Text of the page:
Once he even rolled a TV into the class and showed us a Damien Hirst and Jeff Koons documentary and asked us what we thought. I was a freshman and I never knew you could make money and get famous putting formaldehyde sharks or suspended basketballs in aquariums and calling it art. Rigby also told great stories, like how he visited his parents when he was in college and they wouldn’t let him in the house until he shaved his beard off! He was a great mix of funny, friendly, helpful and real. I enjoyed and grew a lot from his classes.
Learning to mix colors properly, learning to underpaint, learning about complements, dimension, perspective. Some people are born with this stuff and have it very intuitively. Gradually, I’ve started accepting the role genetics and talent must play in my artistic ability (my maternal grandmother was a phenomenal modernist painter in the 30s and 40s.) But most of this stuff I had to learn. Like a language. It takes practice. Practice. Practice! Like my yoga teacher‘s teacher‘s teacher says: Practice and all is coming!
Enough story, man! I don’t care about your painting teacher’s hippie beard, or Damien Hirst, or any of that yoga dogma. Get back to the process!
Fine. Here’s a work from start to finish. After that, we’ll go back to my 9 Steps.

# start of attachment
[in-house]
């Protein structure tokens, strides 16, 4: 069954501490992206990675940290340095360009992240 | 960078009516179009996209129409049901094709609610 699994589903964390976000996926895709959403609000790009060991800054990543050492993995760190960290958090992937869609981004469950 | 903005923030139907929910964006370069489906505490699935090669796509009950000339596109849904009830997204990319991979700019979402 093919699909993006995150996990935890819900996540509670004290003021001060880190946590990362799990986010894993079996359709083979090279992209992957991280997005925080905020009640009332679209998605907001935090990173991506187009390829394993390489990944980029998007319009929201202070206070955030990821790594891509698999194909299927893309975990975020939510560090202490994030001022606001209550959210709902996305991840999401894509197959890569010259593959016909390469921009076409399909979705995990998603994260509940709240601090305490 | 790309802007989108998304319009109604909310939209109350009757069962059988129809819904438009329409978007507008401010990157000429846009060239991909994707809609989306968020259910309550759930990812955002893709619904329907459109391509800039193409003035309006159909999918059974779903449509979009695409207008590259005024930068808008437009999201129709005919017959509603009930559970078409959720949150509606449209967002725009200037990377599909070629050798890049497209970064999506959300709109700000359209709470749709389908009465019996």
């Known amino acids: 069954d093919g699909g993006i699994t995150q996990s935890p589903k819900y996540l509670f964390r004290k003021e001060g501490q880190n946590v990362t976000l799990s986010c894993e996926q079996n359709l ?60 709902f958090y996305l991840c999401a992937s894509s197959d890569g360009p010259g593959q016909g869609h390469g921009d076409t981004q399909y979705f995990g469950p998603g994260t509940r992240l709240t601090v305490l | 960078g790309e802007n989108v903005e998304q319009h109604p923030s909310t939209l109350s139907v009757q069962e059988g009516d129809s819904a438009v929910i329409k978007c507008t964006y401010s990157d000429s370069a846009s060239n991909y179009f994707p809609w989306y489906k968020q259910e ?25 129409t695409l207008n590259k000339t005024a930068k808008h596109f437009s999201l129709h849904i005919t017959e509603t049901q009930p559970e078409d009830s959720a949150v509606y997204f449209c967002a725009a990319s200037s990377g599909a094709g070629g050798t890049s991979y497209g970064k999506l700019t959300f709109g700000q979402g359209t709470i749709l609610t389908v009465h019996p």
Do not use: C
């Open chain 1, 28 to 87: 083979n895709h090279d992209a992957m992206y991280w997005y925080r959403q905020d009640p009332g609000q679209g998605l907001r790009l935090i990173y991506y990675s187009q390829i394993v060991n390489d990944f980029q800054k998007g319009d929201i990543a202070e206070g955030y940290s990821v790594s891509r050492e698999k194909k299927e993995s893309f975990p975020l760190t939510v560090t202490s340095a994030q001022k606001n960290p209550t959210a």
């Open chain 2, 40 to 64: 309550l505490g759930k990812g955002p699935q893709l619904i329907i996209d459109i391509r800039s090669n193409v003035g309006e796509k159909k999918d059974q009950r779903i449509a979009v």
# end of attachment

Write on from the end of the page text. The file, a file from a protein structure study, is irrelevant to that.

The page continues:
Idea: Where everything starts. It could come from anywhere. A song. A dream. An experience. Or it could be more intentional. Usually the inspiration is inexplicable. Unless I’m reworking something or re-exploring, of course.
Research: I have dozens of art books and this thing called the internet that I use constantly for reference. Since a lot of work deals with travel, culture, and food, I actually use a lot of books and sites from these areas, too. Often I go to museums to see things up close and see how others have approached their work.
Sketch: Paper and pencil. In my sketchbook, or on loose sheets. Often using tracings or grids. I’m not afraid to print source material and practice the curves and lines. Especially for lettering. Which I do a lot of. The sketch usually takes 2-3 hours and I try not to worry much. I erase and re-draw. I start light and get darker. I often do a fair amount of shading, much of which will help me later with the paint.
Scan: I always scan or photograph sketches before I start to paint. This serves documentation and allows me to see the work on the screen. Sometimes I’ll work in Photoshop to experiment with colors to plan and get ideas.